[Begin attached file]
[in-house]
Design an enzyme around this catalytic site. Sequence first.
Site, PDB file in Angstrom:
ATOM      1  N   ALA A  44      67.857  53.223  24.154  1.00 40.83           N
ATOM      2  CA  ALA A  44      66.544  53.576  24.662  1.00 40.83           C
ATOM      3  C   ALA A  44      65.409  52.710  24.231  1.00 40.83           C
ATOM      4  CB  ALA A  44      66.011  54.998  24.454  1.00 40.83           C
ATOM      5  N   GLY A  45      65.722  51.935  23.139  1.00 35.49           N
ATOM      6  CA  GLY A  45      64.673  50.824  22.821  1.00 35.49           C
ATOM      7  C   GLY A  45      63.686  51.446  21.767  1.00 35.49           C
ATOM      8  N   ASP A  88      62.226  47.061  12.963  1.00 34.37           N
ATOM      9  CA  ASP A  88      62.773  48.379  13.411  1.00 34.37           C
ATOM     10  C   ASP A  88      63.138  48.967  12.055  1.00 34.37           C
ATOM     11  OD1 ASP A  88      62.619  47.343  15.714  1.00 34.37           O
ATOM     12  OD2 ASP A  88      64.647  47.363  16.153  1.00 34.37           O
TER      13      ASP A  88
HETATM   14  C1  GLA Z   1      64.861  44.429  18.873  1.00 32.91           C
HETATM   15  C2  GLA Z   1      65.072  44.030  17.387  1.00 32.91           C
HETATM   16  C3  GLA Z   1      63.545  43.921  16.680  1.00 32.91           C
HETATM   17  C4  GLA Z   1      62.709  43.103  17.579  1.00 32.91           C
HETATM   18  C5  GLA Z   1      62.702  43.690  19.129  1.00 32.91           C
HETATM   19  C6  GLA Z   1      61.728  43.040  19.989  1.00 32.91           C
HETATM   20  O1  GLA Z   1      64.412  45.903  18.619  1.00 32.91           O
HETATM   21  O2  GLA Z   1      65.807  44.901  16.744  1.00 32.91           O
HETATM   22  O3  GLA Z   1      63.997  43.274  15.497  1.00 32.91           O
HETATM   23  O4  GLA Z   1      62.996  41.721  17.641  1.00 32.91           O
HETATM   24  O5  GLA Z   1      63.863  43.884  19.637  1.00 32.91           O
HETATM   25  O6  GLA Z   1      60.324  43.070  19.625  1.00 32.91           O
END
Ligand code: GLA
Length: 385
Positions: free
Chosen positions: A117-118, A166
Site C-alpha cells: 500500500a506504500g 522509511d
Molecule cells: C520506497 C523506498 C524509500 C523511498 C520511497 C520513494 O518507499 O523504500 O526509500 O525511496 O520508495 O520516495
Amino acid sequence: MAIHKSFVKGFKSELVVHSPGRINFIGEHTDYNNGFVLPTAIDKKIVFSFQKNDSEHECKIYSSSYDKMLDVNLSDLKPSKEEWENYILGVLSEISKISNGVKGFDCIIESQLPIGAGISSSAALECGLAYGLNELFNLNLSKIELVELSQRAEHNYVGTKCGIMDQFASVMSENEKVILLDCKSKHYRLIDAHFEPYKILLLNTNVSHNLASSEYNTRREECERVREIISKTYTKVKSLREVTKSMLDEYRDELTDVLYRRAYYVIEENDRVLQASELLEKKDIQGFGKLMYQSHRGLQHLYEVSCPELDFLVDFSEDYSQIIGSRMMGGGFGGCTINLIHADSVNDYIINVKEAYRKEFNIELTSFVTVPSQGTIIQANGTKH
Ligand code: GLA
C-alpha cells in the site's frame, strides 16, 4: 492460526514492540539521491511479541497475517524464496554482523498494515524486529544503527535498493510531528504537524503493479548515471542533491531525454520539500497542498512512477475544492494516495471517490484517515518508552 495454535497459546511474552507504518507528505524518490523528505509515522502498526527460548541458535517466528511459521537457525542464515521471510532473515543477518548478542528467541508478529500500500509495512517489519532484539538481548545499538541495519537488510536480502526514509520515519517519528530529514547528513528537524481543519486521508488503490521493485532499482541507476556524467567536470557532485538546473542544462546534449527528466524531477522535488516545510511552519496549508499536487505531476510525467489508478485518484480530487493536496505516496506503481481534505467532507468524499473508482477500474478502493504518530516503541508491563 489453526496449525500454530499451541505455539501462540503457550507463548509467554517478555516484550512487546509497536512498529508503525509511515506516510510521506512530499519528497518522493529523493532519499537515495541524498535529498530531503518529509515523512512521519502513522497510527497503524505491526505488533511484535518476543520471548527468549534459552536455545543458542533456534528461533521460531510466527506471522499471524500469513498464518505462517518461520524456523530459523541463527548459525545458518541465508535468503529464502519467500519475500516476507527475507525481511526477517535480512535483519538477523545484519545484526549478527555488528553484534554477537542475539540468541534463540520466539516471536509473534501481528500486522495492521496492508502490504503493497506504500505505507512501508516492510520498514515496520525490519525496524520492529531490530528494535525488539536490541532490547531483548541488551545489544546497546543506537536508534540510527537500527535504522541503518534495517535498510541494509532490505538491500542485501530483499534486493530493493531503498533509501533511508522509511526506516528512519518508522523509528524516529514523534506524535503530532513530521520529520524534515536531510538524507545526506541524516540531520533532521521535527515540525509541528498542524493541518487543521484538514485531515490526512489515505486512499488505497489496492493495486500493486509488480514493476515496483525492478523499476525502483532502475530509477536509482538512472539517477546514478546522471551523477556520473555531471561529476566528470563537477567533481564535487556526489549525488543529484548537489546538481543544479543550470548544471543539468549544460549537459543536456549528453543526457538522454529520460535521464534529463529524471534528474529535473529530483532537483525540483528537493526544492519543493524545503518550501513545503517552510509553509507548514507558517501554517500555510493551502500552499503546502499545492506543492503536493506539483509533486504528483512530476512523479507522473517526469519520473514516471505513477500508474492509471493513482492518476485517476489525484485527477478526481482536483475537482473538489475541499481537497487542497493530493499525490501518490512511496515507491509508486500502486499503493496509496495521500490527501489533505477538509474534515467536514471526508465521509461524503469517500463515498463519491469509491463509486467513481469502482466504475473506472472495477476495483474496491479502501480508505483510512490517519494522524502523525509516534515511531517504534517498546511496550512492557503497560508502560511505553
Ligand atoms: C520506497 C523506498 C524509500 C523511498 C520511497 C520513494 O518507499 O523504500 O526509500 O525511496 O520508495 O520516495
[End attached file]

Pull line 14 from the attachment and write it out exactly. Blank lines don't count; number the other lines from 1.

ATOM     11  OD1 ASP A  88      62.619  47.343  15.714  1.00 34.37           O